There is good correlation between the increasing abundance of inflammatory markers, such as IL-1B, IL-6, IL-8, MCP-1, and IP-10, and the Early Treatment Diabetic Retinopathy Study (ETDRS) severity score of diabetic retinopathy.46,47 In contrast, VEGF-A levels are quite elevated in the aqueous humor even in diabetic eyes with little retinopathy, and rise modestly with increasing disease severity, before the onset of macular edema.47 However, macular edema is accompanied by substantial elevation of IL-6 and MCP-1 as well as VEGF-A. Systemic elevation in the levels of inflammatory serum biomarkers, such as soluble E-selectin and PAI-1, are associated with an increased risk of a three-step increase in the ETDRS severity score and progression to severe nonproliferative diabetic retinopathy.48 
Altered levels of various biomarkers in the aqueous humor, vitreous humor, and serum of diabetic patients are highly suggestive of inflammatory mechanisms driving disease severity. Recent studies using fluorescence lifetime imaging microscopy (FLIM) have provided the first evidence of ongoing inflammation in the living human diabetic retina. As opposed to techniques, such as sodium fluorescein angiography, that measure fluorescence intensity, FLIM measures the exponential decay rate (lifetime) of fluorescence. FLIM of endogenous fluorophores, such as free and protein-bound nicotinamide adenine dinucleotide (NADH), has been deployed successfully to visualize inflammation in skin diseases.49 Recently, time-resolve autofluorescence using FLIM ophthalmoscopy of normal and diabetic human retinas has revealed fluorescent signals consistent with tissue inflammation in this disease state.50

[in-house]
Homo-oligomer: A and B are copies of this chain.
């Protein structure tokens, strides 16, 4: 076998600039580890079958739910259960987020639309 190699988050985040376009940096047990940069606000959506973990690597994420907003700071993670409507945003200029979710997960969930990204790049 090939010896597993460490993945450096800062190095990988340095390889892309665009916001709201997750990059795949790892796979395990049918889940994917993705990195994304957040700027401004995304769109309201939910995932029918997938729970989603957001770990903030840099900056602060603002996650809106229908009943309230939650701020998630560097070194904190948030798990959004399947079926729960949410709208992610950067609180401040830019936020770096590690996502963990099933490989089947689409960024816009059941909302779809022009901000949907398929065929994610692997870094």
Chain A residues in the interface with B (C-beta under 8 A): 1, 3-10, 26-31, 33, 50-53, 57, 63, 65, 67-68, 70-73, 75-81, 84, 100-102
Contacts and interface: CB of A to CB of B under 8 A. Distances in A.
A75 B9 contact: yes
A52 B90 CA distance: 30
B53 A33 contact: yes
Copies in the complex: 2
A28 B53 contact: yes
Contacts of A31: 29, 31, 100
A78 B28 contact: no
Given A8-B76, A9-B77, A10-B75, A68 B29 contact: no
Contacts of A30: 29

One of the important cellular aspects of inflammation is a process known as leukocyte stasis or leukostasis. This is a tightly orchestrated process whereby leukocytes are slowed down and stick to the vessel walls before they cross the vessel to enter the tissue. It involves the coordinated action of numerous groups of molecules called selectins and integrins. Of note, corticosteroids can block the various steps involved in leukostasis including downregulating the selectins and integrins.51 
Leukostasis can be observed in various animal models, such as transient retinal ischemia induced by temporary optic nerve ligation52 and streptozocin-induced diabetes53 in rats, as well as in the human diabetic eye.54,55 In vivo imaging of white blood cells labeled with the fluorescent dye acridine orange that are injected into the animal can be visualized by angiography. This technique enables visualization of leukocytes that have emigrated out of the blood vessels and become stuck in the retinal tissue. Animals treated with corticosteroids have far fewer adherent leukocytes in the retina, demonstrating visually how corticosteroids can dramatically reduce the inflammatory cell infiltration. This can be attributed to the corticosteroid's effect on the amount of P-selectin and intercellular adhesion molecule-1. 
Intracellular signaling processes, such as arachidonic acid pathways that lead to the formation of prostaglandins and leukotrienes, which are potent inflammatory lipid mediators, also are important in inflammatory eye diseases. Corticosteroids can enter cells; thus, they are capable of inhibiting the enzyme phospholipase A256 and blocking intracellular signaling events that also are important in promoting leakage and swelling.